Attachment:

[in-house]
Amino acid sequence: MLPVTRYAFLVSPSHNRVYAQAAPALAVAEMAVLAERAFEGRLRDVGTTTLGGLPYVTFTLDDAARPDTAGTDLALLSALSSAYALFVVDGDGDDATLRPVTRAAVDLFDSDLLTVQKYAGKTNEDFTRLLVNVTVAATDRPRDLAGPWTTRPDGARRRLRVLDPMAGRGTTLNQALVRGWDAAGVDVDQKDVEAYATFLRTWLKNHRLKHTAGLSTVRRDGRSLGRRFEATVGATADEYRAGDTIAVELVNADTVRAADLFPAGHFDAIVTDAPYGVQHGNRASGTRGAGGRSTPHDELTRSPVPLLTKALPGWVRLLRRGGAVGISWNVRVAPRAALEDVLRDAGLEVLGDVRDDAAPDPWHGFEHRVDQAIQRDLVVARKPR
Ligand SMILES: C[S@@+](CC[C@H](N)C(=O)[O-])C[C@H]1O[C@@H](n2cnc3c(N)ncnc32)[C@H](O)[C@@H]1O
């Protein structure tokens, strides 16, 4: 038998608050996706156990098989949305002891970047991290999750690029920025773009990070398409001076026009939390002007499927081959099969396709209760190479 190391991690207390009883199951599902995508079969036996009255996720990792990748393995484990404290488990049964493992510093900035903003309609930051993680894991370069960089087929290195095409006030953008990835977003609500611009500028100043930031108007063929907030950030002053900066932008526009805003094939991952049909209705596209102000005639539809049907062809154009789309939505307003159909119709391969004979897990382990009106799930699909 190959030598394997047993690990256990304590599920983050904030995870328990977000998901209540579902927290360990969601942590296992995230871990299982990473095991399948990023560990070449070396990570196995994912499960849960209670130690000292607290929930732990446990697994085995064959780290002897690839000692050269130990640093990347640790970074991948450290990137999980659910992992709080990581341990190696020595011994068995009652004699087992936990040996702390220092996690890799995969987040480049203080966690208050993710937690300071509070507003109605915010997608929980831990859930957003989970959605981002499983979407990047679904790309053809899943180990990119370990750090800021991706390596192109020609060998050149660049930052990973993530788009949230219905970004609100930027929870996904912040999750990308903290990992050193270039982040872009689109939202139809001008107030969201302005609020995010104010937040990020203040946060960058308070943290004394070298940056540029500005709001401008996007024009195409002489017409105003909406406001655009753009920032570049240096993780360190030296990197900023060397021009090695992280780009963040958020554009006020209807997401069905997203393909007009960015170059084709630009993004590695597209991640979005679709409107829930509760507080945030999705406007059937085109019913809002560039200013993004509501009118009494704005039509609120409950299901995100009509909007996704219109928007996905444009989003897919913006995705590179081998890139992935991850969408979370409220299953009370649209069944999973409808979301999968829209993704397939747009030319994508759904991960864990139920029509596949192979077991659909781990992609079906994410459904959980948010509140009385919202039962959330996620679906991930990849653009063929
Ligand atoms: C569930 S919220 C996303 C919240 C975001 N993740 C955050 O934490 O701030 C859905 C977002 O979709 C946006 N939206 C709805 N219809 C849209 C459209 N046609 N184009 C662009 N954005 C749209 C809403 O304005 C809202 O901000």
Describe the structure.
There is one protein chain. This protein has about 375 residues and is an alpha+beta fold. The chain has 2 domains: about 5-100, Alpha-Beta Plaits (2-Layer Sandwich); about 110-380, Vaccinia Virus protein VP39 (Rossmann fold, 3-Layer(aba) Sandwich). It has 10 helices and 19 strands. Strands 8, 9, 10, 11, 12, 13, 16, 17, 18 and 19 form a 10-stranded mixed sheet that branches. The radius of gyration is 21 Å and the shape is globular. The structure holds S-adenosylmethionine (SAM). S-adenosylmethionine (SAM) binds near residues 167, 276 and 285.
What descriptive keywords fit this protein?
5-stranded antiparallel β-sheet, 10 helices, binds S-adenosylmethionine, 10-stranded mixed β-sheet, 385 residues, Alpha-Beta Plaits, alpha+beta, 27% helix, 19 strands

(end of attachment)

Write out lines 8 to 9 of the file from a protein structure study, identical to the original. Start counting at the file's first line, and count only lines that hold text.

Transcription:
What descriptive keywords fit this protein?
5-stranded antiparallel β-sheet, 10 helices, binds S-adenosylmethionine, 10-stranded mixed β-sheet, 385 residues, Alpha-Beta Plaits, alpha+beta, 27% helix, 19 strands